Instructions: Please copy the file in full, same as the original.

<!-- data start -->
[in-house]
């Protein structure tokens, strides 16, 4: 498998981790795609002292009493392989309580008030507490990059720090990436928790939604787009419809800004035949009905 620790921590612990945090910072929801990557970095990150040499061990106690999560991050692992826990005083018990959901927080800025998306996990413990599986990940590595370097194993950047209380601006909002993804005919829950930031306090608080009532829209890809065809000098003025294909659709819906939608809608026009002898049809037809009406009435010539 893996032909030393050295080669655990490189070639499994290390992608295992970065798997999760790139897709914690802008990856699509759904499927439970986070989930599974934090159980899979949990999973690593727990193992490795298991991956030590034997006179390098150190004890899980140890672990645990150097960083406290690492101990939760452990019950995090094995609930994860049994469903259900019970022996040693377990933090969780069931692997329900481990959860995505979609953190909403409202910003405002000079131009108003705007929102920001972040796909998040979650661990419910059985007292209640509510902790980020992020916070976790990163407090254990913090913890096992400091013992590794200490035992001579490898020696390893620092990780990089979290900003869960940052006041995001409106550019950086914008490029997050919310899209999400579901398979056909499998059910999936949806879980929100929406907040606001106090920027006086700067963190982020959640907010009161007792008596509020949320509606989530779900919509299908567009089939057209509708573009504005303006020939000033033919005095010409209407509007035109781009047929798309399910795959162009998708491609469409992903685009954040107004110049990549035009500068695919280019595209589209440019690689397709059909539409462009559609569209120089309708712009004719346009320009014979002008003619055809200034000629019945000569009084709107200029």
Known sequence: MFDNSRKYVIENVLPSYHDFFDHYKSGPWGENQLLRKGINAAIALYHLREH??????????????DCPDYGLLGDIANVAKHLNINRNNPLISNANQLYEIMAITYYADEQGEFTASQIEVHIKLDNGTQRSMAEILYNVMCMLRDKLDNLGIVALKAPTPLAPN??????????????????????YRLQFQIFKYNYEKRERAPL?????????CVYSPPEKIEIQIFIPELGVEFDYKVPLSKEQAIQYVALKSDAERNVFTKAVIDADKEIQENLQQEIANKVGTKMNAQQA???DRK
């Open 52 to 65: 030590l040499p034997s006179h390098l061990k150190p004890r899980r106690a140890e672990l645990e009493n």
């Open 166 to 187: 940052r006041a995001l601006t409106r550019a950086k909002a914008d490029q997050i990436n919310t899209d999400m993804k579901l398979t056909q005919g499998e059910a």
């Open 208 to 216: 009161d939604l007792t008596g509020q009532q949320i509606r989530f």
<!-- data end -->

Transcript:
[in-house]
């Protein structure tokens, strides 16, 4: 498998981790795609002292009493392989309580008030507490990059720090990436928790939604787009419809800004035949009905 620790921590612990945090910072929801990557970095990150040499061990106690999560991050692992826990005083018990959901927080800025998306996990413990599986990940590595370097194993950047209380601006909002993804005919829950930031306090608080009532829209890809065809000098003025294909659709819906939608809608026009002898049809037809009406009435010539 893996032909030393050295080669655990490189070639499994290390992608295992970065798997999760790139897709914690802008990856699509759904499927439970986070989930599974934090159980899979949990999973690593727990193992490795298991991956030590034997006179390098150190004890899980140890672990645990150097960083406290690492101990939760452990019950995090094995609930994860049994469903259900019970022996040693377990933090969780069931692997329900481990959860995505979609953190909403409202910003405002000079131009108003705007929102920001972040796909998040979650661990419910059985007292209640509510902790980020992020916070976790990163407090254990913090913890096992400091013992590794200490035992001579490898020696390893620092990780990089979290900003869960940052006041995001409106550019950086914008490029997050919310899209999400579901398979056909499998059910999936949806879980929100929406907040606001106090920027006086700067963190982020959640907010009161007792008596509020949320509606989530779900919509299908567009089939057209509708573009504005303006020939000033033919005095010409209407509007035109781009047929798309399910795959162009998708491609469409992903685009954040107004110049990549035009500068695919280019595209589209440019690689397709059909539409462009559609569209120089309708712009004719346009320009014979002008003619055809200034000629019945000569009084709107200029």
Known sequence: MFDNSRKYVIENVLPSYHDFFDHYKSGPWGENQLLRKGINAAIALYHLREH??????????????DCPDYGLLGDIANVAKHLNINRNNPLISNANQLYEIMAITYYADEQGEFTASQIEVHIKLDNGTQRSMAEILYNVMCMLRDKLDNLGIVALKAPTPLAPN??????????????????????YRLQFQIFKYNYEKRERAPL?????????CVYSPPEKIEIQIFIPELGVEFDYKVPLSKEQAIQYVALKSDAERNVFTKAVIDADKEIQENLQQEIANKVGTKMNAQQA???DRK
């Open 52 to 65: 030590l040499p034997s006179h390098l061990k150190p004890r899980r106690a140890e672990l645990e009493n």
């Open 166 to 187: 940052r006041a995001l601006t409106r550019a950086k909002a914008d490029q997050i990436n919310t899209d999400m993804k579901l398979t056909q005919g499998e059910a």
């Open 208 to 216: 009161d939604l007792t008596g509020q009532q949320i509606r989530f």